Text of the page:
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Western Joshua Trees Have Been Listed as a Threatened Species

Source: The Bradco Companies

As President of Joseph W. Brady Inc dba, The Bradco Companies, the Mojave Rivers longest standing full-service Commercial brokerage company, I want to share a very important letter and summary from 39th District Assemblyman Juan Carrillo as it relates to the final determination about the Joshua Tree issue that has somewhat paralyzed development in many communities in California.

Assemblyman Carrillo partially represents our region with Assemblyman Tom Lackey who represents the 34th district and we truly appreciate that the leaders in Sacramento were finally able to come to an agreement after nearly 2 plus years of uncertainty.

We are working with Assemblyman Juan Carrillo and others to improve the infrastructure in our region as we expect our portion of the High Desert (The Cities of Adelanto, Apple Valley, Barstow, Hesperia, and Victorville ) to double in the next 20 years and want to ensure that our children and grandchildren can enjoy the same opportunities that we are.

(See below)

Assembly California Legislature

Juan Carillo

Joseph Brady, President The Bradco Companies

P.O. Box 2710

Victorville, CA 92393-2710

Dear Mr. Brady,

Thank you for your interest and diligence in the proceedings around the conservation of the Western Joshua Tree (WJT). Based on California Endangered Species Act (CESA) by the California Fish and Game Commission (Commission) findings, an agreement has been reached and the WJT will be listed as a threatened species. Notably, it will be the first species to be listed under CESA with climate change as the primary threat.

Throughout this legislative session, I have heard from and worked with proponents and opponents of this designation to better represent our community as we negotiated the regulations that would be implemented. Knowing the risk posed to this species and the need for economic growth and development in the district, I believe that we have reached a reasonable compromise.

Our greatest success was reducing the fees for “taking” WJTs, as the initial drafts listed fees that would have priced out small business development outright. While we were unsuccessful in ensuring that “pups” would be considered part of their parent tree and not individual trees, the fee reductions have made this significantly less burdensome. We also negotiated a guarantee that the Commission effectively cannot revisit listing WJT as endangered for at least 10 years.

With all of this being said, the conservation of the WJT has been added to the California State Budget as a Trailer Bill. Highlights of the Budget Trailer Bill are as follows:

- Outlines the current and projected WJT range which includes all of our district.

- In our district the fees for “taking” a WJT are the following”

o $1,000 for each western Joshua tree five meters or greater in height.

o $200 for each western Joshua tree one meter or greater but less than five meters in height.

o $150 for each western Joshua tree less than one meter in height.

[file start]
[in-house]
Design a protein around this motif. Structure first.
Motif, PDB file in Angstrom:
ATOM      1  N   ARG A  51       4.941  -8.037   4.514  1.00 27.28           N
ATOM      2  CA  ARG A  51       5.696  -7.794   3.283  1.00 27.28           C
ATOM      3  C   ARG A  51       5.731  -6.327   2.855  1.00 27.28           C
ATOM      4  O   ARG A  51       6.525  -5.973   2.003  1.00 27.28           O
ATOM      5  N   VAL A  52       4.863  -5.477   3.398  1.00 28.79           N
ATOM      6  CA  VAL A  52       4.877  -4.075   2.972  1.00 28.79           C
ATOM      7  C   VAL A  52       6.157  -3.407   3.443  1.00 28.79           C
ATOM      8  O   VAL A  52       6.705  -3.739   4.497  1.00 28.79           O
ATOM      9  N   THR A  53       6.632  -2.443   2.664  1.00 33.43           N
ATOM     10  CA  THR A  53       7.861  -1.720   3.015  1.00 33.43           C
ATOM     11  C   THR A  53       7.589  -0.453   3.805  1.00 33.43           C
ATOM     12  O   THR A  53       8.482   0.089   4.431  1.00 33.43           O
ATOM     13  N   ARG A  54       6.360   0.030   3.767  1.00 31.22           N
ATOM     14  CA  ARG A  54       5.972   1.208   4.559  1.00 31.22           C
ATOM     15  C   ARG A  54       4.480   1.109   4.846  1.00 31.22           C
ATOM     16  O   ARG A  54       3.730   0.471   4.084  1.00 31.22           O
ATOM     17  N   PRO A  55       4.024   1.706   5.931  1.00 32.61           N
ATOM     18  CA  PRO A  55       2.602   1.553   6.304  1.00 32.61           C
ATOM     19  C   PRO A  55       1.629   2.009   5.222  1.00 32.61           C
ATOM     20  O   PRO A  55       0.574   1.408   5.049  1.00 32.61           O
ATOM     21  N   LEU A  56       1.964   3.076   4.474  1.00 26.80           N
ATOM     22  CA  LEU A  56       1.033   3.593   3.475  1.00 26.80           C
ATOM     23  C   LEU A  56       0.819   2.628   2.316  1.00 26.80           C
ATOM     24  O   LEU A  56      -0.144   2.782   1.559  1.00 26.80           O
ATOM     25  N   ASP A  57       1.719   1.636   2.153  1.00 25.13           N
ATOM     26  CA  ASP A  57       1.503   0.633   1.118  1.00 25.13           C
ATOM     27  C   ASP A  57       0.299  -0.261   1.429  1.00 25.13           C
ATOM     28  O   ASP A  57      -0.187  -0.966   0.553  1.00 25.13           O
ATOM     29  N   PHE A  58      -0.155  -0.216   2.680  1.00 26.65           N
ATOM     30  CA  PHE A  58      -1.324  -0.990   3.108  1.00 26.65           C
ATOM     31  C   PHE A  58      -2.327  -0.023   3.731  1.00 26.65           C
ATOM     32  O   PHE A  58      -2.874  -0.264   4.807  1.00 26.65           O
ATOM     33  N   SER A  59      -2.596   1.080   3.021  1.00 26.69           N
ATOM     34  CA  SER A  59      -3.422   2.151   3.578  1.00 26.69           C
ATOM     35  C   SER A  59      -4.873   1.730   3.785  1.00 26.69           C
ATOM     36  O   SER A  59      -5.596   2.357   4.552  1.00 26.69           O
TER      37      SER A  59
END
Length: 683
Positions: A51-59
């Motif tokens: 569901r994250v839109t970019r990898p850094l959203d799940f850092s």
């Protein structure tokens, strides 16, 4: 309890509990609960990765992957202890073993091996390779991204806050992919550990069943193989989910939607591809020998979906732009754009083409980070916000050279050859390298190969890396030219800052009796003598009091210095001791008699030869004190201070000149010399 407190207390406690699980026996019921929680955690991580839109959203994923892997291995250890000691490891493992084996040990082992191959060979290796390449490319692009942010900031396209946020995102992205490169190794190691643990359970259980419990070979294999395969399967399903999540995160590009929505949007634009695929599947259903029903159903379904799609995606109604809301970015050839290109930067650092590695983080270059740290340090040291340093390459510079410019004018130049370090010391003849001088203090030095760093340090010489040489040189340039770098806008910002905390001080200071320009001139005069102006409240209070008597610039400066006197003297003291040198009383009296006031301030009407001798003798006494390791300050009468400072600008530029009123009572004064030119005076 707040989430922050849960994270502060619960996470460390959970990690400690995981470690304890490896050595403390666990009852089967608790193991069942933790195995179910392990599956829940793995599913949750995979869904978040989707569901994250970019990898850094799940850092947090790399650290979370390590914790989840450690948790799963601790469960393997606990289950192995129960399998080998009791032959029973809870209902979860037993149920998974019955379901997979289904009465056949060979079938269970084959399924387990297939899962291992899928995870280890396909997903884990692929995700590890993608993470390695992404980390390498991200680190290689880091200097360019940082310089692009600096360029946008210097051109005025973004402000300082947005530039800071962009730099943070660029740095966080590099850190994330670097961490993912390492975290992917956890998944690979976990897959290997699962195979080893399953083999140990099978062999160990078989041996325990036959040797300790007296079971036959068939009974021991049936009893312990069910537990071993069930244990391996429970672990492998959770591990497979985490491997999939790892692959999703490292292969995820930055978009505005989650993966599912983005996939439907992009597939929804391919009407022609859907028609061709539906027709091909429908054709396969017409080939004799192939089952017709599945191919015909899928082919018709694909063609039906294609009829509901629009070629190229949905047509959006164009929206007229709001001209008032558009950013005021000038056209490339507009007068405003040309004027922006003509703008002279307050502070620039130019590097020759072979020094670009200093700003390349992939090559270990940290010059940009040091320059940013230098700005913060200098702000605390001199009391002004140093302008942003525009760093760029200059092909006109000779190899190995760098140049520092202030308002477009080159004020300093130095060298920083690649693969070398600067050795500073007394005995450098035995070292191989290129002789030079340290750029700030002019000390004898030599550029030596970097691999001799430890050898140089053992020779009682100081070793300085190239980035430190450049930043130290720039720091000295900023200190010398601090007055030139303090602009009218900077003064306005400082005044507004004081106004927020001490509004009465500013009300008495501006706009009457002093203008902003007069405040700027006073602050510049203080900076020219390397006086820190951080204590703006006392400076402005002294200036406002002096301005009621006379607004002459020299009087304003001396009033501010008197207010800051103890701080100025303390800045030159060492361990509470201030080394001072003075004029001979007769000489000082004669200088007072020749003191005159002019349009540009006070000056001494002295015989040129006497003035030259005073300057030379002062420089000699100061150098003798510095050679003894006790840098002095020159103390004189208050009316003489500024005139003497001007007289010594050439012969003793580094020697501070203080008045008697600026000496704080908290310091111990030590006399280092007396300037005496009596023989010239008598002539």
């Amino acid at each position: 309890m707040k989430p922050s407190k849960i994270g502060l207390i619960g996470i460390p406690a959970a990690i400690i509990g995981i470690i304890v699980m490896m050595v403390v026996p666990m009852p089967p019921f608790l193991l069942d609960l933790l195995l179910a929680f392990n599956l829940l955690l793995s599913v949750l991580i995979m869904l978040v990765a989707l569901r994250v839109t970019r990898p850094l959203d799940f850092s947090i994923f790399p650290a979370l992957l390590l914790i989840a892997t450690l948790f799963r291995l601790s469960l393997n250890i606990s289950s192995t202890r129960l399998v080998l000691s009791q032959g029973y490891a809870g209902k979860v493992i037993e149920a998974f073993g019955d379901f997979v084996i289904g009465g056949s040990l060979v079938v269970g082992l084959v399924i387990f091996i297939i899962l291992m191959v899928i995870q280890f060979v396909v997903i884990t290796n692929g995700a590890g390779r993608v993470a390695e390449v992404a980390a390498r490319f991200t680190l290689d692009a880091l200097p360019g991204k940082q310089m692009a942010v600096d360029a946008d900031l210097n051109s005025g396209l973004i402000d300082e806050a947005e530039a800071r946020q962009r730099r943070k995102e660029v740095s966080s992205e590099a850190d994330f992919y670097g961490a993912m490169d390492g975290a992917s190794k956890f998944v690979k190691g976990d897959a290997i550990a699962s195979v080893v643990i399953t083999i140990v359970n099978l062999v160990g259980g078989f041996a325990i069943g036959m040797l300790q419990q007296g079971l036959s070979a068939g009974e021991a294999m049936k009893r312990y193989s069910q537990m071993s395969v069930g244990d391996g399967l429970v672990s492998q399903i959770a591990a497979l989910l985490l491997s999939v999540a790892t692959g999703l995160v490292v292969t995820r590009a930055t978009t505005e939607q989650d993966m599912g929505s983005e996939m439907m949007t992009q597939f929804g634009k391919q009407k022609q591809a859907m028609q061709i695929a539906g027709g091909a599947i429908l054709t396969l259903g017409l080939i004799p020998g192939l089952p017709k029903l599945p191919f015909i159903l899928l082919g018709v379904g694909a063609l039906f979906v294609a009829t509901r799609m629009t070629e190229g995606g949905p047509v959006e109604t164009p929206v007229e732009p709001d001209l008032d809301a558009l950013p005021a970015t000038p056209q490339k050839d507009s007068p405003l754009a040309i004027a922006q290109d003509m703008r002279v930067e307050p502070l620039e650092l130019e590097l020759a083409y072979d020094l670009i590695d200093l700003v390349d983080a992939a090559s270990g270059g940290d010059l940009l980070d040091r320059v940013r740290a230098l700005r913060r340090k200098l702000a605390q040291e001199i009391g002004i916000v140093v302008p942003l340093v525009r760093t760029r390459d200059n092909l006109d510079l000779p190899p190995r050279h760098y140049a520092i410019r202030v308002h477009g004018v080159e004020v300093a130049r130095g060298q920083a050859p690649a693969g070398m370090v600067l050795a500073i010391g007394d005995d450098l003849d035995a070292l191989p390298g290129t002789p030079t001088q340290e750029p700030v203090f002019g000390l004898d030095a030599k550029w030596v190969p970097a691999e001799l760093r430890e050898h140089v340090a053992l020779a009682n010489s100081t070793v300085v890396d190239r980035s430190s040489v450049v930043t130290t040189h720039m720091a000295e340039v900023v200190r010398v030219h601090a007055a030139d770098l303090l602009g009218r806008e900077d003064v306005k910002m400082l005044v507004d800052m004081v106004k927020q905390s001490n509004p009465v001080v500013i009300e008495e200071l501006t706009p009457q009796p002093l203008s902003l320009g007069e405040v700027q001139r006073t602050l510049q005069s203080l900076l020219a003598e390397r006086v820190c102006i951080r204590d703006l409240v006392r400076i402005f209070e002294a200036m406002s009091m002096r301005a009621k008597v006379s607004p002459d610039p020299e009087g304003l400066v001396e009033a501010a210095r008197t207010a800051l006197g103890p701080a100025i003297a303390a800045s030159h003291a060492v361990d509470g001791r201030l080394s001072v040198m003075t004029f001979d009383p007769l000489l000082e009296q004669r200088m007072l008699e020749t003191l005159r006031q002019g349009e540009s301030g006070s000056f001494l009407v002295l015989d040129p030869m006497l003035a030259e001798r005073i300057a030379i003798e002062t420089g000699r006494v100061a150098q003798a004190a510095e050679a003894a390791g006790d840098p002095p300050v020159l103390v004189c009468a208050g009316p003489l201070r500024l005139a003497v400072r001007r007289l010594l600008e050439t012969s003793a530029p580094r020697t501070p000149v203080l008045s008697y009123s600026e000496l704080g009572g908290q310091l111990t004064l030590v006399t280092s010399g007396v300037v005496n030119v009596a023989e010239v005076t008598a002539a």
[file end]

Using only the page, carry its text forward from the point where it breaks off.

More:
o Upon request, the department may authorize a reduction in the amount of the fees for any western Joshua tree conserved by a project proponent through the acquisition of compensatory habitat mitigation land otherwise required by law for the project.

- Requires DFW to respond to a request for a permit within 30 days

- Authorizes DFW to enter into agreements with local governments to issue take permits for single family, multi-family and accessory dwelling unit projects that take no more than 10 WJTs and for public works projects that take no more than 40 WJTs.

o DFW may suspend or revoke these delegated permitting agreements at anytime - Requires property owners who receive a permit to submit photographs of the site where WJTs were removed within 30 days of trimming or removal.

- All fees will be deposited in the Western Joshua Tree Mitigation Fund created by this bill. The fund will be used to acquire, conserve, and manage WJT conservation lands.

- Requires DFW to develop a WJT conservation plan in collaboration with Native America tribes by 12/31/2024

- Requires the Fish and Game Commission, beginning in 2026 and every 2 years thereafter to review the status of the WJT and the effectiveness of the permitting and mitigation program

- Requires the WJT to remain a candidate for listing as a threatened species under CESA until the commission makes certain findings or until July 1 2033 at which point the commission is directed to make a decision about listing WJT.

I will be watching implementation closely and will continue to work on this issue throughout his time in legislature to make sure the compromise and the resulting program allow room for economic prosperity.

I again thank you for your input and interest in this process, and of course in the growth of our community. If you have any further questions or concerns, please reach out to my team or me and we’ll be happy to discuss this further.

With sincere thanks,

Juan Carrillo

Assemblymember, 39th District

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